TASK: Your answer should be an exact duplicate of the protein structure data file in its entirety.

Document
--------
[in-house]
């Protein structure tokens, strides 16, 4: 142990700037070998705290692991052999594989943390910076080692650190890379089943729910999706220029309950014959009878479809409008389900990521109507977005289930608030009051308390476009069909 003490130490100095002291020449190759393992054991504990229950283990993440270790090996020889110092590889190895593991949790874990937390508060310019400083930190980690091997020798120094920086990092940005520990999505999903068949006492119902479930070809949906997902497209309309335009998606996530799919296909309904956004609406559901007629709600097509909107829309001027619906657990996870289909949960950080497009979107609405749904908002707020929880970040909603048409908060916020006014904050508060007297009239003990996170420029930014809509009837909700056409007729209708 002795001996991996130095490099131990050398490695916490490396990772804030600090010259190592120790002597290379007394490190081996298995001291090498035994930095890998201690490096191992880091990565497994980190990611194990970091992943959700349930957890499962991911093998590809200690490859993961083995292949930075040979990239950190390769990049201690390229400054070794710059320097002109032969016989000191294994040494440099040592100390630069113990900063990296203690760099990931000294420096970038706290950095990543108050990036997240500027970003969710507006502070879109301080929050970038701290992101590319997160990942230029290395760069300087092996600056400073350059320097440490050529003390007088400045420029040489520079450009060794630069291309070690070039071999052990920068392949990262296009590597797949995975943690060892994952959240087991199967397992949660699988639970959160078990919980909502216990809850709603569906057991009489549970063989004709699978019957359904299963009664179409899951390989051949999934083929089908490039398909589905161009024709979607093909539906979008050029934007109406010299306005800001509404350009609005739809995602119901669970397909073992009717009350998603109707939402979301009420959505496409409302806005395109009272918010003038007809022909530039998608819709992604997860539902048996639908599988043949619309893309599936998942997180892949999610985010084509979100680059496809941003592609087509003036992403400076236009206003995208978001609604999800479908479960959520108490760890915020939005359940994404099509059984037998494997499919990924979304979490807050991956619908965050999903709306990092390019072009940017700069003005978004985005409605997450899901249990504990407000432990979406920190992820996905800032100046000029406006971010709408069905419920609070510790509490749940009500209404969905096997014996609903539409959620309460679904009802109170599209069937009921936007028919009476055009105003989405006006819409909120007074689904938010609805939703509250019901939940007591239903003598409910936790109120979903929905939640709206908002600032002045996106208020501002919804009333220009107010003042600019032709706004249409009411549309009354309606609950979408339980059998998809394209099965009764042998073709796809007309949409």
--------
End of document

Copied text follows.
[in-house]
């Protein structure tokens, strides 16, 4: 142990700037070998705290692991052999594989943390910076080692650190890379089943729910999706220029309950014959009878479809409008389900990521109507977005289930608030009051308390476009069909 003490130490100095002291020449190759393992054991504990229950283990993440270790090996020889110092590889190895593991949790874990937390508060310019400083930190980690091997020798120094920086990092940005520990999505999903068949006492119902479930070809949906997902497209309309335009998606996530799919296909309904956004609406559901007629709600097509909107829309001027619906657990996870289909949960950080497009979107609405749904908002707020929880970040909603048409908060916020006014904050508060007297009239003990996170420029930014809509009837909700056409007729209708 002795001996991996130095490099131990050398490695916490490396990772804030600090010259190592120790002597290379007394490190081996298995001291090498035994930095890998201690490096191992880091990565497994980190990611194990970091992943959700349930957890499962991911093998590809200690490859993961083995292949930075040979990239950190390769990049201690390229400054070794710059320097002109032969016989000191294994040494440099040592100390630069113990900063990296203690760099990931000294420096970038706290950095990543108050990036997240500027970003969710507006502070879109301080929050970038701290992101590319997160990942230029290395760069300087092996600056400073350059320097440490050529003390007088400045420029040489520079450009060794630069291309070690070039071999052990920068392949990262296009590597797949995975943690060892994952959240087991199967397992949660699988639970959160078990919980909502216990809850709603569906057991009489549970063989004709699978019957359904299963009664179409899951390989051949999934083929089908490039398909589905161009024709979607093909539906979008050029934007109406010299306005800001509404350009609005739809995602119901669970397909073992009717009350998603109707939402979301009420959505496409409302806005395109009272918010003038007809022909530039998608819709992604997860539902048996639908599988043949619309893309599936998942997180892949999610985010084509979100680059496809941003592609087509003036992403400076236009206003995208978001609604999800479908479960959520108490760890915020939005359940994404099509059984037998494997499919990924979304979490807050991956619908965050999903709306990092390019072009940017700069003005978004985005409605997450899901249990504990407000432990979406920190992820996905800032100046000029406006971010709408069905419920609070510790509490749940009500209404969905096997014996609903539409959620309460679904009802109170599209069937009921936007028919009476055009105003989405006006819409909120007074689904938010609805939703509250019901939940007591239903003598409910936790109120979903929905939640709206908002600032002045996106208020501002919804009333220009107010003042600019032709706004249409009411549309009354309606609950979408339980059998998809394209099965009764042998073709796809007309949409």